Many candidates start to lose interest in joining a company after the third interview, especially if the interviews have been dragged out over a period of months. So if you are struggling to hire people and have a lengthy recruitment process, then we would strongly advise that you revisit your strategy. A hiring process that runs on for too long can be detrimental to both an organisation, as well as those seeking new employment opportunities. Remember, there are other companies out there who are also interested in employing your applicant.  

5. Don’t be egotistical

You may have recently launched a new venture. Or you are the pioneer in some cutting-edge technology that has never been seen before. Everyone seems to be raving about your company. This is of course all amazing but can often lead you into becoming a bit egotistical and lazy in your approach to recruitment. Don’t forget that you still need to promote the values and culture of your company and put the candidate first. It is your future employees that will ultimately make your company a success or a failure, so it makes sense to remain humble and invest in your people as much as you can.

6. Realistic Expectations

Every company wants to hire the perfect candidate; someone who ticks all the boxes and has all the skills/experience requested, but, in all reality, these people often don’t exist. So rather than waiting for that perfect employee to come along, focus on identifying which skills are actually essential for the job and which ones can be learnt and developed in the process. In that way, you will open yourself up to a much wider audience and have much higher chances of filling the opening.

7. Too many cooks spoil the broth

Having lots of people involved can often slow down the recruitment process due to non-availability/location conflict, and numerous other factors. Whilst it is always nice to have buy-in from your peers, always remember to ask yourself: Is this involvement essential for the position you are hiring for, and are these additional interviews productive?

If you need three or four people to speak with the candidate, combining these interviews into one morning or afternoon on the same day works best and is a lot more cost-effective than dragging these interviews out over a period of months.

8. Setting KPIs

It is oftentimes that the hiring process might become second to the business, when work is piling up. Setting up a time frame can get out of focus, as you push interviews further back, and before you know it you are suddenly a couple of months into the process, but not close enough to securing the prospective employee.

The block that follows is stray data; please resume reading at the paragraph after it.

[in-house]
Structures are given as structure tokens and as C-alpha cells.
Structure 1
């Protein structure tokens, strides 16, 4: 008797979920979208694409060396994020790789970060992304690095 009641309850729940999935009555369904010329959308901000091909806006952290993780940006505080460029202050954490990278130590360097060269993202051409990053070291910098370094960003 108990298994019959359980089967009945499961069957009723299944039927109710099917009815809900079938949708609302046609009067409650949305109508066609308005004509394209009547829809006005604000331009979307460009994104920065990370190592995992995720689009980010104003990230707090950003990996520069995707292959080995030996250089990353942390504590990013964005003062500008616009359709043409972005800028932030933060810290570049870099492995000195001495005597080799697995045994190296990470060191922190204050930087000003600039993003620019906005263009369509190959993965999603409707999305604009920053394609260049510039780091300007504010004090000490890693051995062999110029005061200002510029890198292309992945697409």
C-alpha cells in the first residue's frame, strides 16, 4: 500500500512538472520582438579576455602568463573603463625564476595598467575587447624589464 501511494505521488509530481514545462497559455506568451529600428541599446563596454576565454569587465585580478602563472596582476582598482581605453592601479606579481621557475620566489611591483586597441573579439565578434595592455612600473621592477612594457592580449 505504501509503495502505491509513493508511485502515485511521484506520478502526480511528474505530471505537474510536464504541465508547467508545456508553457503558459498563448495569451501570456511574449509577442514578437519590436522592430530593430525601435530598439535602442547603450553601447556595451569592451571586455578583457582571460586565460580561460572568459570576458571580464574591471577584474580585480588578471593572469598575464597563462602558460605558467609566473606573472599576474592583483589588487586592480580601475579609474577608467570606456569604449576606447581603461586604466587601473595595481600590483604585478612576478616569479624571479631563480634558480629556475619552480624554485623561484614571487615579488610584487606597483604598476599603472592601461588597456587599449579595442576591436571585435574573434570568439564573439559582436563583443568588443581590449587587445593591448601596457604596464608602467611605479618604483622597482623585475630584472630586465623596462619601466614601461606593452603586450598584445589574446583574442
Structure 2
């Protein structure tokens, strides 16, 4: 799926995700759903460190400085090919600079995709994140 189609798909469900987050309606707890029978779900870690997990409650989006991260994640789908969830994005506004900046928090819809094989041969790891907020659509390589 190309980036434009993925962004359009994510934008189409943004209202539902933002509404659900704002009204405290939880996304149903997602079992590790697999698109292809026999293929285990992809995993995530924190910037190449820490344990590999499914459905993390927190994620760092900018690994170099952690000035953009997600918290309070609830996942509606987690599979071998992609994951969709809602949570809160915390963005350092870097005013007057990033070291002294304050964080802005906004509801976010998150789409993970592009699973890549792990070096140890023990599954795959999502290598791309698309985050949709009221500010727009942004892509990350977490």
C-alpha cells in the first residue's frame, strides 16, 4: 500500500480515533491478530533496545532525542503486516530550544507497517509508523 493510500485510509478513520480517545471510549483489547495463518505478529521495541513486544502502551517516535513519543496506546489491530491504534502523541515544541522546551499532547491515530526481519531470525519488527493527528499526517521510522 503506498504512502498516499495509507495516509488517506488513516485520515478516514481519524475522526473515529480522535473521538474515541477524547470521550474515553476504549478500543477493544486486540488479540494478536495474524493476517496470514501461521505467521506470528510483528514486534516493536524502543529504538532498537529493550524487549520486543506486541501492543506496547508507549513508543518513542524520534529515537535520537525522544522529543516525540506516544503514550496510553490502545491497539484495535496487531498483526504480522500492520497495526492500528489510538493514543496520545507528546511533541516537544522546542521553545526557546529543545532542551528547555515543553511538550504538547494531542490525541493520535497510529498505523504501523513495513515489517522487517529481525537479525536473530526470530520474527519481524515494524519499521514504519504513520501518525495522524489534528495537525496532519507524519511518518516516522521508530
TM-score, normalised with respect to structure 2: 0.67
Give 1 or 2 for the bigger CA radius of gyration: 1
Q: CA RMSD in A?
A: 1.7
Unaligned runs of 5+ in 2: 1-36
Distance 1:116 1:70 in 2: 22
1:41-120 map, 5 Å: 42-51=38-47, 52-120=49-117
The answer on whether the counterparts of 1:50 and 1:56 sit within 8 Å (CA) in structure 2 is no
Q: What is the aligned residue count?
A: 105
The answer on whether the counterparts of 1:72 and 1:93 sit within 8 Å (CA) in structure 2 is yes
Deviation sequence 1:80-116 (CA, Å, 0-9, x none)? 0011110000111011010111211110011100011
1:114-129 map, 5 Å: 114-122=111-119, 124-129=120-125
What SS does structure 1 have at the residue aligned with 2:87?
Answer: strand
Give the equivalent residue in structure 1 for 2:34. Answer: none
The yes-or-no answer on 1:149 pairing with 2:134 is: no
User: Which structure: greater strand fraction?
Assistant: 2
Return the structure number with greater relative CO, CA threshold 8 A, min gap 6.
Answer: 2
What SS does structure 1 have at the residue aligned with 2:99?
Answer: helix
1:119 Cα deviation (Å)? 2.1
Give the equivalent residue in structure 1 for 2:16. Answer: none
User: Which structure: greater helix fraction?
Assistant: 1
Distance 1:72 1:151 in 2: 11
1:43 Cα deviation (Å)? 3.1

For this reason, it is strongly advisable that one person takes control of the scheduling to make sure everything stays on track. Before you begin the interview process, set benchmarks for you and anyone else involved in the hiring. If you know that by X date you need to have completed your first round of interviews, and by Y date you need to have narrowed down your options to your top three candidates, it is even more imperative to keep things moving and preventing your hiring from extending on for months on end.

9. Offer Stage

Unless it is a senior appointment, once you have decided who you want to hire, let the candidate know and aim to get an offer out within 2-4 working days from their final interview. Taking weeks to send an offer will often put doubts into the prospective employee’s head and give them more time to be approached by other companies/headhunters.

Keep the hiring procedure as short as possible. With all the various software platforms out there for video conferencing and interviewing candidates, there should really be no excuse for a lengthy interview process. Unless you are appointing a senior executive, it is recommended that a two- or possibly three-stage interview process is the maximum a company should conduct over the period of two to four weeks.


Always put yourself in the candidate’s shoes and remember to keep the hiring process an enjoyable experience for the candidates involved. If you are really struggling with your recruitment, then reach out to an Executive Search firm and appoint them to recruit the people you need. Key benefits are that the timelines are locked in, that there are key deliverables all throughout the process, and, most importantly, more often than not you come out with the key hire you were seeking.

This article was written by Ian Stammers, Head of New-Space and Satcom Recruitment (NSSR) at Sapienza Consulting.